In the spirituality of the Focolare, this sort of situation is addressed by the idea of trying to love other people in the ordinary circumstances of life: "be the first to love". Among themselves, and in their publications, those associated with the Focolare share stories of how they have tried to do this. The "Word in Action" feature of the August/September issue of their magazine New City contains this:
I'm studying in Budapest at the moment and live in a small flat let to me by a family. A friend of mine came to visit me recently and after lunch he did the washing up, leaving the knives and forks to dry with their handles facing upwards, different to how I would normally do it putting them with their handles down. I told him this, giving my reasons, and he explained why he did it his way.
As a result of this very simple experience it struck me that if I don't learn to be a little more flexible in my habits, I'll end up growing old with my head full of very good reasons for always doing things my way! From then on I started drying the cutlery with the handles facing upwards.
I came across something St Therese of Lisieux said to her sister Celine: "Before dying by the sword, let us die by pinpricks". And a pinprick can be a point of view which differs from my own, an insult, a disappointment, an official who behaves more like a robot than a person, a colleague who makes life difficult for me ...
A short time later I went to dinner with my friend's family. They didn't allow me to wash the dishes, but I was very surprised to see that they put the cutlery to dry with the handles facing downwards. We had a real laugh when I told them that I had changed how I dry the cutlery ... they had done exactly the same for me! Every time I manage to "lose my life", I experience such joy, such a freedom that makes it much easier for me to love the others.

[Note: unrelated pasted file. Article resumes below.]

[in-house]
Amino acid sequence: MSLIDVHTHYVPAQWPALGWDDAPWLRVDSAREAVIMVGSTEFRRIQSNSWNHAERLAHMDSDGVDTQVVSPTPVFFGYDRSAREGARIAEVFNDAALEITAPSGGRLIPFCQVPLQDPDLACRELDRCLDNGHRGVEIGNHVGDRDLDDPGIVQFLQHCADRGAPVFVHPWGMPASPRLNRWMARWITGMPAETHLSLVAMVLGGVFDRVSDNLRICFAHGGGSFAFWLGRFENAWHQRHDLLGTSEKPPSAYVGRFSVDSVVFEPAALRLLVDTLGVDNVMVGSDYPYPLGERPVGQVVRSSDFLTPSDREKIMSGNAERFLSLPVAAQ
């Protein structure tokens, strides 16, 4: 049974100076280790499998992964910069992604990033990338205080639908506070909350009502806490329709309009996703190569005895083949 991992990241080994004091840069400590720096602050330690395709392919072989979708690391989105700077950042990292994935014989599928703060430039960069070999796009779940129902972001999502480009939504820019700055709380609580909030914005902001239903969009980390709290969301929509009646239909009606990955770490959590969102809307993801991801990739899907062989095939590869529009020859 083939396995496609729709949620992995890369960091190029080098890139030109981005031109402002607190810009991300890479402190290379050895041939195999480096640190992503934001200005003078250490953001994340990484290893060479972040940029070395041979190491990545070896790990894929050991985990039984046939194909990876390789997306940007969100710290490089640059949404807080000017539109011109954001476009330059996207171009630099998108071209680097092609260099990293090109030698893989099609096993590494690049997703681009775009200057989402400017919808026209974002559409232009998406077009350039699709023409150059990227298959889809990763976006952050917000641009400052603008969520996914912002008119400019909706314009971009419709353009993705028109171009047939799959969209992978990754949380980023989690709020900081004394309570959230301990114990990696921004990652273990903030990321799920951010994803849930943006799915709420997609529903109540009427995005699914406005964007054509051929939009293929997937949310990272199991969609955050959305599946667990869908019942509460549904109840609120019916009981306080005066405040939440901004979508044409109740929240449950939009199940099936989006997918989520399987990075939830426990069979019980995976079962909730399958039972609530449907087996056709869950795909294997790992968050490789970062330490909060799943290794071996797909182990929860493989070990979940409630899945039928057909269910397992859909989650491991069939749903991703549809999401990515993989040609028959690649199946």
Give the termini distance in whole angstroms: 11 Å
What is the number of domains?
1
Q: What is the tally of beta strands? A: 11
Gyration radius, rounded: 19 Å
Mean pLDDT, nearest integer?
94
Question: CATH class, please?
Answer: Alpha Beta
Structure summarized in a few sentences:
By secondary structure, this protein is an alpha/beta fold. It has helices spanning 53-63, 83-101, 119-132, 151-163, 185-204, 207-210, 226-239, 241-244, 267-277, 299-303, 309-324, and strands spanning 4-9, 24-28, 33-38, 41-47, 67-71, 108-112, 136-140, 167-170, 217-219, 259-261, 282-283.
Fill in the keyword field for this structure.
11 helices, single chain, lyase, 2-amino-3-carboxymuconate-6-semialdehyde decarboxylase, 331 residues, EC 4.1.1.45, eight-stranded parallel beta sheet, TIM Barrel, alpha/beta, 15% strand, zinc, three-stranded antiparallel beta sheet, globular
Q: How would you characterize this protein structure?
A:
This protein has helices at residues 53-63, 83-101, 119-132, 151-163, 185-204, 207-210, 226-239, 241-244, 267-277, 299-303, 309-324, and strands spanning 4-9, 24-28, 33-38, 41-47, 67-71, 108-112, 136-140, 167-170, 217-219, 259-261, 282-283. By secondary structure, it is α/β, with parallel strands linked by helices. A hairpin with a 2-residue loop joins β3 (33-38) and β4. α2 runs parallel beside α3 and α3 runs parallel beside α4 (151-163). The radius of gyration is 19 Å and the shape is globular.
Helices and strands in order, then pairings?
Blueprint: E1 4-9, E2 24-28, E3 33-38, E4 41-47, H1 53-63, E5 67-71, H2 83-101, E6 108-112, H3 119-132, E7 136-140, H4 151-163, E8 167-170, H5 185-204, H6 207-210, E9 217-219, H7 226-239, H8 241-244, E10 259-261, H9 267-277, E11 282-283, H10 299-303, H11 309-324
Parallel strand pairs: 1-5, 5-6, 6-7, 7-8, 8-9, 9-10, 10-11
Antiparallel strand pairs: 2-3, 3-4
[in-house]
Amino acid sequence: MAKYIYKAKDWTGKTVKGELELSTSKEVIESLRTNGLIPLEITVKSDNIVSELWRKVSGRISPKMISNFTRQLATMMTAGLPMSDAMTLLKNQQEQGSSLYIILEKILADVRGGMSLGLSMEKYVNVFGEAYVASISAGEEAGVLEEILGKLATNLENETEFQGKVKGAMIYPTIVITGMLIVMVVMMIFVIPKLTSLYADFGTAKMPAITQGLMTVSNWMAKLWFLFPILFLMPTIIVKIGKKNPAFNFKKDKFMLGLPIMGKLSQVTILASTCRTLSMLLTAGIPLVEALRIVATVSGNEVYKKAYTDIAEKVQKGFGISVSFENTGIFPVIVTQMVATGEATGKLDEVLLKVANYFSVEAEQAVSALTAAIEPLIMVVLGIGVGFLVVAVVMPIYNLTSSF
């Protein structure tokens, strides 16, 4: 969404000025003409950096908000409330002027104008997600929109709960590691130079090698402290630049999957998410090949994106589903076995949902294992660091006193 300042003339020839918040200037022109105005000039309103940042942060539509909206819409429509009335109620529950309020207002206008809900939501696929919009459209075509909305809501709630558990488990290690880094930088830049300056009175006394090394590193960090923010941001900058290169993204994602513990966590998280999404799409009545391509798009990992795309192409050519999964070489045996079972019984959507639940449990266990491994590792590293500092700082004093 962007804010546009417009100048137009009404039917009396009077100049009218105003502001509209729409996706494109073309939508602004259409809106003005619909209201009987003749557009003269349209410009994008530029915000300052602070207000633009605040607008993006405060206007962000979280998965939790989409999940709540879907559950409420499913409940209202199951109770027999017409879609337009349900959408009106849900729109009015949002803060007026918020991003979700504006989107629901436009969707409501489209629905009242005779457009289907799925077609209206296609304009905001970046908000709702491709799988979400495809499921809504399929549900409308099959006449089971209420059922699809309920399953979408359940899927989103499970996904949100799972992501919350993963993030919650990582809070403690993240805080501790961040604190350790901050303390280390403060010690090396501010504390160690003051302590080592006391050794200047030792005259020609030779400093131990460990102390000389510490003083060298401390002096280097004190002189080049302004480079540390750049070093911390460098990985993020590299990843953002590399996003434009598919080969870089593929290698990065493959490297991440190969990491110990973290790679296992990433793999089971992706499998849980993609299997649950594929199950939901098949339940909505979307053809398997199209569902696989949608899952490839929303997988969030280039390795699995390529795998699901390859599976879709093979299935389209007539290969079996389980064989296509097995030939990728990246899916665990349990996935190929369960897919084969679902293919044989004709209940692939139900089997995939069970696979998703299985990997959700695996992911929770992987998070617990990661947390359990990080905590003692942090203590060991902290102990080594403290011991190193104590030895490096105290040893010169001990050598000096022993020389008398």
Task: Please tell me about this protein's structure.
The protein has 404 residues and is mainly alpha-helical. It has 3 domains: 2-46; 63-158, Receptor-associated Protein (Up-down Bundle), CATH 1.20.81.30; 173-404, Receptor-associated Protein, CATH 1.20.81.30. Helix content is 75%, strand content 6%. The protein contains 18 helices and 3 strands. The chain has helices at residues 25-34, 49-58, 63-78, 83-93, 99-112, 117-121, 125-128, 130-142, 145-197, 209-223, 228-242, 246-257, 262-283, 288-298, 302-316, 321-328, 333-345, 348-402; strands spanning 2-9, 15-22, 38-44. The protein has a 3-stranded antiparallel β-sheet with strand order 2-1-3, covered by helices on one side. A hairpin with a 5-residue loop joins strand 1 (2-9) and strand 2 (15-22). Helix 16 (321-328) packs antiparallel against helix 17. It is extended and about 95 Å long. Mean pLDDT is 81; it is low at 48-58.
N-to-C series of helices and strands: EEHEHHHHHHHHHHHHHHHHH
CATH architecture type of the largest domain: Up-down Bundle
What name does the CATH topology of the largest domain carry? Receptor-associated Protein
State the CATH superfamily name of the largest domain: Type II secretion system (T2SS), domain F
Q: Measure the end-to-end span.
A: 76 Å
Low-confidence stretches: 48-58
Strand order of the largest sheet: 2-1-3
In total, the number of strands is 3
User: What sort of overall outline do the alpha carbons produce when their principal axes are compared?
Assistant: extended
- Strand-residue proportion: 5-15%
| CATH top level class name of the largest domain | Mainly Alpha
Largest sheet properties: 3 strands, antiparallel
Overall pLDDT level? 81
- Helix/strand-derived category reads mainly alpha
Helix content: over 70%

My first thought, accompanied by considerable laughter (LOL, is I think the modern term): how someone dries their cutlery really isn't that important!
Second thought, also accompanied by laughter: what can someone who gets a towel and dries their cutlery straight away, without leaving it to drain at all, learn from this story?
Third thought, more serious this time: a privilege of living on my own is that I can stick to my habits, or at least to some of them.
Fourth thought: reflecting on my trade union experience, that a practice of these small and, in themselves insiginificant, acts helps to create a situation in the workplace where potentially problematic situations are addressed in the ordinary intercourse of daily life, and so don't become problems at all.
The million dollar question: the next time I have visitor to my home, will I leave the washing up to drain or not?